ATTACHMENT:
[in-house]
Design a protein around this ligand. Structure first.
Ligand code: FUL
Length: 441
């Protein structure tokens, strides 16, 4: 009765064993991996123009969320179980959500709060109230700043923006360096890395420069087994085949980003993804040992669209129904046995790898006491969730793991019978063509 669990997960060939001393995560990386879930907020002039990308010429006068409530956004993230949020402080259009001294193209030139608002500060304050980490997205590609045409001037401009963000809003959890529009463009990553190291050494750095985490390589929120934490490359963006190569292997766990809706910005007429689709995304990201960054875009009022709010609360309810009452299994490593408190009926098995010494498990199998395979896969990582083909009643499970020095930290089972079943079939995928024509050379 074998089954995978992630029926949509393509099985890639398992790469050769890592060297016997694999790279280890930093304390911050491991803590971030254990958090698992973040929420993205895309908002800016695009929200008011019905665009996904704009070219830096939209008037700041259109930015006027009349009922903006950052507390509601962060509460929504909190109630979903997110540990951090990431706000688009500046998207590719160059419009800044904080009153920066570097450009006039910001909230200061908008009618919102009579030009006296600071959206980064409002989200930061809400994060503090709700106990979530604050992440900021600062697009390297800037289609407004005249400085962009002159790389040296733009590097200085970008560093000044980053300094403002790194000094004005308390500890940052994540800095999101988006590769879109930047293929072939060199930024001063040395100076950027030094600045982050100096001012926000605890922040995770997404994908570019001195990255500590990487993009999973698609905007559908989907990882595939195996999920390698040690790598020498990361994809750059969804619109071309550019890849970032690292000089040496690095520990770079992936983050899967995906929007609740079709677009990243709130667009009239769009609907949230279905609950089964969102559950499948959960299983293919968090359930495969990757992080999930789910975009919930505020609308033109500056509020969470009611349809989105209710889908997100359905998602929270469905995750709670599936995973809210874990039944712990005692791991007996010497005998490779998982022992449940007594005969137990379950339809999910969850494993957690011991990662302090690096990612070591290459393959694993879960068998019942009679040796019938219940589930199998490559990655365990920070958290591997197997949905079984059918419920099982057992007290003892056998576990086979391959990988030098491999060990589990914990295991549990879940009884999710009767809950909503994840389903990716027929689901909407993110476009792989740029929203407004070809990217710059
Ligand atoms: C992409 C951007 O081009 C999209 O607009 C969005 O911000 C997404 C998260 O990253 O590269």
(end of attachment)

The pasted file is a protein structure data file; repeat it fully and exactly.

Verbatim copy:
[in-house]
Design a protein around this ligand. Structure first.
Ligand code: FUL
Length: 441
């Protein structure tokens, strides 16, 4: 009765064993991996123009969320179980959500709060109230700043923006360096890395420069087994085949980003993804040992669209129904046995790898006491969730793991019978063509 669990997960060939001393995560990386879930907020002039990308010429006068409530956004993230949020402080259009001294193209030139608002500060304050980490997205590609045409001037401009963000809003959890529009463009990553190291050494750095985490390589929120934490490359963006190569292997766990809706910005007429689709995304990201960054875009009022709010609360309810009452299994490593408190009926098995010494498990199998395979896969990582083909009643499970020095930290089972079943079939995928024509050379 074998089954995978992630029926949509393509099985890639398992790469050769890592060297016997694999790279280890930093304390911050491991803590971030254990958090698992973040929420993205895309908002800016695009929200008011019905665009996904704009070219830096939209008037700041259109930015006027009349009922903006950052507390509601962060509460929504909190109630979903997110540990951090990431706000688009500046998207590719160059419009800044904080009153920066570097450009006039910001909230200061908008009618919102009579030009006296600071959206980064409002989200930061809400994060503090709700106990979530604050992440900021600062697009390297800037289609407004005249400085962009002159790389040296733009590097200085970008560093000044980053300094403002790194000094004005308390500890940052994540800095999101988006590769879109930047293929072939060199930024001063040395100076950027030094600045982050100096001012926000605890922040995770997404994908570019001195990255500590990487993009999973698609905007559908989907990882595939195996999920390698040690790598020498990361994809750059969804619109071309550019890849970032690292000089040496690095520990770079992936983050899967995906929007609740079709677009990243709130667009009239769009609907949230279905609950089964969102559950499948959960299983293919968090359930495969990757992080999930789910975009919930505020609308033109500056509020969470009611349809989105209710889908997100359905998602929270469905995750709670599936995973809210874990039944712990005692791991007996010497005998490779998982022992449940007594005969137990379950339809999910969850494993957690011991990662302090690096990612070591290459393959694993879960068998019942009679040796019938219940589930199998490559990655365990920070958290591997197997949905079984059918419920099982057992007290003892056998576990086979391959990988030098491999060990589990914990295991549990879940009884999710009767809950909503994840389903990716027929689901909407993110476009792989740029929203407004070809990217710059
Ligand atoms: C992409 C951007 O081009 C999209 O607009 C969005 O911000 C997404 C998260 O990253 O590269």